On #WorldYouthSkillsDay @CanonUKandIE’s Young People Programme (YPP) and the @IdeasFoundation have announced details of an online creative learning initiative which embeds photography and digital storytelling into the curriculum at UK schools during the COVID-19 pandemic.
As a result of Covid-19, UK schools are facing enormous challenges. Teachers have been looking for new ways to continue delivering education in these unprecedented circumstances. Since 20th April, students at schools across Cumbria, Manchester, Yorkshire and London have been trialling blended learning workshops developed by Canon YPP, the Ideas Foundation and the National Association of Teaching English (NATE). The fundamental goal of the programme is to support creative skills development and enhance visual and verbal literacy within the curriculum.
Heather MacRae, Managing Director at Ideas Foundation, says:
“We know that children from disadvantaged backgrounds are affected the most by school closures. The key goal of the online programme is to help disadvantaged students in deprived areas to explore their creative skills through digital storytelling despite the limits lockdown has imposed on schools in the UK. Co-created together with 20 teachers and the National Association for the Teaching of English (NATE), it provides new ways of learning to students during both school closure and reopening stages.”
The programme has been co-designed with teachers to support students aged 11 – 19 in English, Art and Design, Media Studies, Citizenship, and Geography. Both groups have access to a wide range of online resources, helping to engage and nurture students’ creativity and digital literacy. These include virtual face-to-face training sessions with photography experts such as Canon Ambassador Clive Booth.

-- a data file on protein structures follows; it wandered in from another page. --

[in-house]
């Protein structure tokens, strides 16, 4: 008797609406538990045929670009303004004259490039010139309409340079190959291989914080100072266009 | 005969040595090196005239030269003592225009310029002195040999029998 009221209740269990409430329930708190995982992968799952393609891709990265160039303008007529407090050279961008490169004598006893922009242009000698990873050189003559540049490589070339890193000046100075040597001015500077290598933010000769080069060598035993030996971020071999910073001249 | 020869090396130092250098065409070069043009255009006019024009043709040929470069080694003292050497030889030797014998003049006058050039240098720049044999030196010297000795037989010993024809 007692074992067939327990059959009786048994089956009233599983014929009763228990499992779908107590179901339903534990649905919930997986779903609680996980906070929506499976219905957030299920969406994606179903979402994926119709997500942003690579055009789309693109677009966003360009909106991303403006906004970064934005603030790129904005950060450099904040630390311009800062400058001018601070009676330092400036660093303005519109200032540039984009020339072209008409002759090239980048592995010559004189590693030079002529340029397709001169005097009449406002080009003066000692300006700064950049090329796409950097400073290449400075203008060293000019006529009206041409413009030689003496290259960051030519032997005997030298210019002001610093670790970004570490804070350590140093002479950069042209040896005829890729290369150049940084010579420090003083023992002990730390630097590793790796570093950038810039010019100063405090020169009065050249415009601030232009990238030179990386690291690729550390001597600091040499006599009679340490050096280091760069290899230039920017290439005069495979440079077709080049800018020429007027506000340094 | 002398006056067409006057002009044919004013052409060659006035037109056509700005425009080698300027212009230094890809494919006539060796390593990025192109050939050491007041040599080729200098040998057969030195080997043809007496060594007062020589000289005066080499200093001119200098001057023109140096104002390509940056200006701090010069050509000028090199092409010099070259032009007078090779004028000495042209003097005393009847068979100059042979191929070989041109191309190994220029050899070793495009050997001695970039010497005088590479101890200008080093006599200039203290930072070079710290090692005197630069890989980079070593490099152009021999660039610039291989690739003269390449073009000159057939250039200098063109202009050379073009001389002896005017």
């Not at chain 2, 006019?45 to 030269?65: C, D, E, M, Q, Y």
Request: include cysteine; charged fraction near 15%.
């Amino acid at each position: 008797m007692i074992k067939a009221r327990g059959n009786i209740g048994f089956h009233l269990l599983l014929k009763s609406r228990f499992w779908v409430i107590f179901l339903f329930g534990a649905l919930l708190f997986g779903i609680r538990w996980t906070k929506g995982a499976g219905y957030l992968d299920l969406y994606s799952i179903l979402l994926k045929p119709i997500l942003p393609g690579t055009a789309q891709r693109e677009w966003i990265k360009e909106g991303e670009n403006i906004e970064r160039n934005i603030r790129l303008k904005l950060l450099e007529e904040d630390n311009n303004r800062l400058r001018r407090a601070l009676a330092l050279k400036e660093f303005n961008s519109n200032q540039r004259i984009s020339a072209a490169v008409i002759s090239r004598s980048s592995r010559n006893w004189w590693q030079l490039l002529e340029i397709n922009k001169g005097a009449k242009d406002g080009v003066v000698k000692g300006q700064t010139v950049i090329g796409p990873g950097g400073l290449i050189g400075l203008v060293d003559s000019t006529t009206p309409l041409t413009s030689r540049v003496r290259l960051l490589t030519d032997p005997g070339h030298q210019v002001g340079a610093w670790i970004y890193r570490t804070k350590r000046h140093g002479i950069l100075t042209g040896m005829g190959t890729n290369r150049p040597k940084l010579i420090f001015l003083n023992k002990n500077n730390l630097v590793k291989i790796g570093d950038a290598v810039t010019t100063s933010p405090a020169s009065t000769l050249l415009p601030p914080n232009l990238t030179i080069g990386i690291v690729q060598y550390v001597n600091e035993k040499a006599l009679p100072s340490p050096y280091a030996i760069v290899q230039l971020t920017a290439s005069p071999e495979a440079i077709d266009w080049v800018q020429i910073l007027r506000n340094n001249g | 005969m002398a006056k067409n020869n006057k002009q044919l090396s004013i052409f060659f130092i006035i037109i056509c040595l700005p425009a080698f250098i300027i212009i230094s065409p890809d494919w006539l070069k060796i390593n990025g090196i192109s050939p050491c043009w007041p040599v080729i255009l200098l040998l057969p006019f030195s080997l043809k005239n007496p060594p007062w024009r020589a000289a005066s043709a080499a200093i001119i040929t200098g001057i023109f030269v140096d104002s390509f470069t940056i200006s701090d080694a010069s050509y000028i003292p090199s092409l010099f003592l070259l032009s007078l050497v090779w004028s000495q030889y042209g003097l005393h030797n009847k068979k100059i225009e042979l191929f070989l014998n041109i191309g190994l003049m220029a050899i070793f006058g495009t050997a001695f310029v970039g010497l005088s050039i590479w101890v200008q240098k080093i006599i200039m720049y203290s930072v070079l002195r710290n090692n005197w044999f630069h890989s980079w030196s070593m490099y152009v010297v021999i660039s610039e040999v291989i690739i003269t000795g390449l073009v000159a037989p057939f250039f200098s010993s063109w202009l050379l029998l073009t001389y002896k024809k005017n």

The initial trial has resulted in positive feedback from both students and teachers
Adam Pensotti who heads up the Canon YPP programme, says:
“Through our ongoing collaboration with the Ideas Foundation we hope to grow the project, involve more teachers and schools across the country to reach thousands of students. One of our workshops has been made available on Pearson’s online service, opening them up to access by 40,000 students. Still, we are eager to create more resources to continue inspiring young people across the country.”
Through cooperation with the teaches, the programme has been integrated seamlessly with the curriculum across a range of subjects. It is being used in English lessons to help develop creative communications skills.
Peter Thomas, Chair and Trustee at NATE comments:
“The sessions and guidance in creating compelling visual stories focus on the students’ powers of empathy and plausibility. These are both key to understanding and creating both literary and visual works, while also delivering valuable life skills such as responding to a brief and working to a deadline.”
The online initiative is the latest in the series of Canon YPP and Ideas Foundation’s workshops developed to introduce pupils to creative arts as a future career and give them the tools to make their voices heard. In 2019 the ‘Live the Story’ project, run in five West Cumbria schools and working with 400 students, allowed pupils to voice their concerns around sustainability and climate change. To support this project, Canon provided professional expert tuition with Clive Booth, as well as cameras and printers for the participants to use. Before the school workshops, teachers received training on how digital storytelling can enhance digital skills, deep learning, and student engagement.
The project was an incredible success and even caught the eye of the astronaut, explorer and gaming titan Richard Garriott, who’s using his missions to amplify the voices of young people around the world. Ahead of his expedition to the bottom of the sea, he talked to the Sellafield students about plastic pollution at the bottom of the ocean. He also used their photography in an online exhibition to help share their concerns.
Canon YPP and the Ideas Foundation look forwards to growing their blended learning projects, which combine traditional teaching with online learning, in the future. Since 2015, five summer schools and eight workshops across the UK have helped students across the UK from disadvantaged backgrounds to develop digital storytelling skills. The events have inspired and enabled them to make their views heard on a range of topics, with their work going on show at several exhibitions including at the Chelsea College of Art, the House of Lords and the UN Conference in Bonn.